Wednesday, April 16, 2008

Couple charged under Sedition Act for evangelism in Singapore


From the Straits Times, dated April 16, 2008

Couple charged under Sedition Act

A COUPLE were yesterday charged with distributing an evangelistic publication that cast Prophet Muhammad in a negative light.

Ong Kian Cheong, 49, and Dorothy Chan Hien Leng, 44, face two charges each - one under the Sedition Act and the other, under the Undesirable Publications Act.

They are alleged to have distributed the evangelistic publication to a Woodlands resident on March 6 last year, and to a Sembawang resident seven months later, on Oct 19.

Ong, who works in a telecommunications company, and his wife, a bank employee, were represented by Mr Selva K. Naidu.

In court yesterday, the police prosecutor sought an adjournment of the case, pending a Health Sciences Authority report on handwriting specimens.

It was not explained in court why this came about.

The couple were freed on a $10,000 bail each, and their passports were impounded.

The case will come up on April 29.

In 2005, a 27-year-old man became the first since 1966 to be jailed under the Sedition Act for posting inflammatory and vicious remarks about Muslims and Malays on the Internet. He was jailed a month. In a connected case, a 25-year-old was given a day's jail and fined $5,000.

Later that year, a 17-year-old blogger was given probation.

The following year, a 21-year-old accounts assistant was given a stern warning for putting up an offensive cartoon of Jesus Christ on his blog.

Under the Act, the maximum penalty is a $5,000 fine and/or a jail term of up to three years.

The maximum penalty under the Undesirable Publications Act is a fine of up to $5,000 and/or a jail term of up to 12 months.

By Elena Chong

A brief note

Within a multireligious and multiracial society, I believe most Singaporeans would agree that the deliberate provocation of religious sentiments via incendiary speeches or related acts should be monitored closely and even condemned by the law. However, the case as presented above is perplexing and very disturbing indeed. It seems that the distribution of “evangelistic publication that cast Prophet Muhammad in a negative light” is a seditious act in Singapore. But what about the distribution of books and movies that cast Jesus - the Lord, Savior, and God of Christians - in a “negative light?”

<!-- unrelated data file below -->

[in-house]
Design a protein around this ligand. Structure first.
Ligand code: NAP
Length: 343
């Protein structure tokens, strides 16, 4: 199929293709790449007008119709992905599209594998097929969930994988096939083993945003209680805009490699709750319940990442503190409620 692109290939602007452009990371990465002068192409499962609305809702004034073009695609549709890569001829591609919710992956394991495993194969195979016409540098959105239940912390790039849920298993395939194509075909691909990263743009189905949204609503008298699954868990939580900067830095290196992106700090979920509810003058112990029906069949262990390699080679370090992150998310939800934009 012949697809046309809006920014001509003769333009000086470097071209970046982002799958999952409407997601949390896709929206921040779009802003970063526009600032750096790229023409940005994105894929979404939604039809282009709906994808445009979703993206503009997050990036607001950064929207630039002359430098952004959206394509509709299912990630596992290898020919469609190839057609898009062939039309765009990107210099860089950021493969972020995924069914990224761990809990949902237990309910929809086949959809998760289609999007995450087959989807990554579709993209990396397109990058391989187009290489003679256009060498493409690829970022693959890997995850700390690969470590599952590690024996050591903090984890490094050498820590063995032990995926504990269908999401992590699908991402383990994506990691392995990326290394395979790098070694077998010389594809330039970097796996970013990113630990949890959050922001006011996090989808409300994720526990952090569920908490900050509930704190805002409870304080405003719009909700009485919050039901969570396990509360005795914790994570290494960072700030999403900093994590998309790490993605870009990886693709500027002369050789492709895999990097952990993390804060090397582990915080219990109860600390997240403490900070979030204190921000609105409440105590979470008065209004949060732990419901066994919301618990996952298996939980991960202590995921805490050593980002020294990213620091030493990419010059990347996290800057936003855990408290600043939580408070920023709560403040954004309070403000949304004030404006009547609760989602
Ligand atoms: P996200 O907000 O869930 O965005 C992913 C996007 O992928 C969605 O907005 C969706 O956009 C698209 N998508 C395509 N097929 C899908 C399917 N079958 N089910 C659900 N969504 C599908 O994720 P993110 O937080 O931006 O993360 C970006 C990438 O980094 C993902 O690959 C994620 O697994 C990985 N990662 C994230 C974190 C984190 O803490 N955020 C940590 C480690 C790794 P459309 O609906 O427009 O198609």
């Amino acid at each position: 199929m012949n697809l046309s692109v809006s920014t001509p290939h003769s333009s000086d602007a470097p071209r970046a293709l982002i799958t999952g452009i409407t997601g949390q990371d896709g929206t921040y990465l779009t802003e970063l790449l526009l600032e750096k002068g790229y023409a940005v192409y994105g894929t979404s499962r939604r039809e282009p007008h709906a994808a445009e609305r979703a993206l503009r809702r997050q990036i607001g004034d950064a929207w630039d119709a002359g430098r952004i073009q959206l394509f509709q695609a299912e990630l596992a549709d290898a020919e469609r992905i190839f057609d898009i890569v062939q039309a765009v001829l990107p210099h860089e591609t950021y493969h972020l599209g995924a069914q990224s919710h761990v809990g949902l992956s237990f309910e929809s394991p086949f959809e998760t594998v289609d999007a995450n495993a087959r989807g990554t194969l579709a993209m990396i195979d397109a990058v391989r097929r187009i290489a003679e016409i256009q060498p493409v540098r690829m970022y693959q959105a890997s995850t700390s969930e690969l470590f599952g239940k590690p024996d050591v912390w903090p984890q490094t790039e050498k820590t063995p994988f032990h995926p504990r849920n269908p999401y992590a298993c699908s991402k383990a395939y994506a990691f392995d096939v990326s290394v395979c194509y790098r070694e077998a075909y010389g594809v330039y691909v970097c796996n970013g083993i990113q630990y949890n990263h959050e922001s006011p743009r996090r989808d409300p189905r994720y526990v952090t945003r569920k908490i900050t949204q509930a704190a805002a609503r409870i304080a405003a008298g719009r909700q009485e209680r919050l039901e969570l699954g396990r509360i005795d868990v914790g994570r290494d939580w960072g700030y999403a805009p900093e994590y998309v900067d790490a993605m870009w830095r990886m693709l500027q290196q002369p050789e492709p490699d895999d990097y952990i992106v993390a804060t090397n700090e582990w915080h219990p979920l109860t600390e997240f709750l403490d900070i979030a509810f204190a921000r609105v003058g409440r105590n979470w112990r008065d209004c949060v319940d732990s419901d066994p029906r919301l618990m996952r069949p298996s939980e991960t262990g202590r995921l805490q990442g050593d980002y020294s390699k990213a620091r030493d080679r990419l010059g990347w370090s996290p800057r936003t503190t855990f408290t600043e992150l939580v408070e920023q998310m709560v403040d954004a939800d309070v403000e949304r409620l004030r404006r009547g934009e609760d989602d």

Apparently, it is not only considered non-seditious to distribute, sell, and promote books in Singapore that cast Jesus “in a negative light,” but also regarded as good entertainment to show movies that promote blasphemous massages concerning the deity of Christ.

Beside the Sedition Act, the Undesirable Publications Act (CAP. 338) “prohibits the importation, distribution and reproduction of undesirable publications.” The only conclusion I can draw at this moment is this: literature that casts “Prophet Muhammad in a negative light” is undesirable and illegal in Singapore, but materials and movies that blaspheme Jesus Christ is not only legal and acceptable, but also considered acceptable public entertainment.

Why are there double standards?